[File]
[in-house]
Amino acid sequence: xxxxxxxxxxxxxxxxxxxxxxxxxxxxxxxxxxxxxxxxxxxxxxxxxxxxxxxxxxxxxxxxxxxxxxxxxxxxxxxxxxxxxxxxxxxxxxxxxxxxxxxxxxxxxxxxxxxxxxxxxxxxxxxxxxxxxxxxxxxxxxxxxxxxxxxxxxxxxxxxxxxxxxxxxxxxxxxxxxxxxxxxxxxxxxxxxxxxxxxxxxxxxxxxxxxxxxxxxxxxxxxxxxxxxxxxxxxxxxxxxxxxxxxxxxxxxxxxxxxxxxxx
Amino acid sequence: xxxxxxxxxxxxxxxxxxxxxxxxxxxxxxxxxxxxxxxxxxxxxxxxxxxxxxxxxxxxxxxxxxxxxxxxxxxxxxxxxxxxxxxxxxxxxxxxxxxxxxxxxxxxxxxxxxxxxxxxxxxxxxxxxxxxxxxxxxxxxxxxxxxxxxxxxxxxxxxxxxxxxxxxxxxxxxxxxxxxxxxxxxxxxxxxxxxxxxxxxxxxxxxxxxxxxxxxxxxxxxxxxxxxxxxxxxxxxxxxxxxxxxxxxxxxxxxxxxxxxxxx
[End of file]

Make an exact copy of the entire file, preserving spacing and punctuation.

[in-house]
Amino acid sequence: xxxxxxxxxxxxxxxxxxxxxxxxxxxxxxxxxxxxxxxxxxxxxxxxxxxxxxxxxxxxxxxxxxxxxxxxxxxxxxxxxxxxxxxxxxxxxxxxxxxxxxxxxxxxxxxxxxxxxxxxxxxxxxxxxxxxxxxxxxxxxxxxxxxxxxxxxxxxxxxxxxxxxxxxxxxxxxxxxxxxxxxxxxxxxxxxxxxxxxxxxxxxxxxxxxxxxxxxxxxxxxxxxxxxxxxxxxxxxxxxxxxxxxxxxxxxxxxxxxxxxxxx
Amino acid sequence: xxxxxxxxxxxxxxxxxxxxxxxxxxxxxxxxxxxxxxxxxxxxxxxxxxxxxxxxxxxxxxxxxxxxxxxxxxxxxxxxxxxxxxxxxxxxxxxxxxxxxxxxxxxxxxxxxxxxxxxxxxxxxxxxxxxxxxxxxxxxxxxxxxxxxxxxxxxxxxxxxxxxxxxxxxxxxxxxxxxxxxxxxxxxxxxxxxxxxxxxxxxxxxxxxxxxxxxxxxxxxxxxxxxxxxxxxxxxxxxxxxxxxxxxxxxxxxxxxxxxxxxx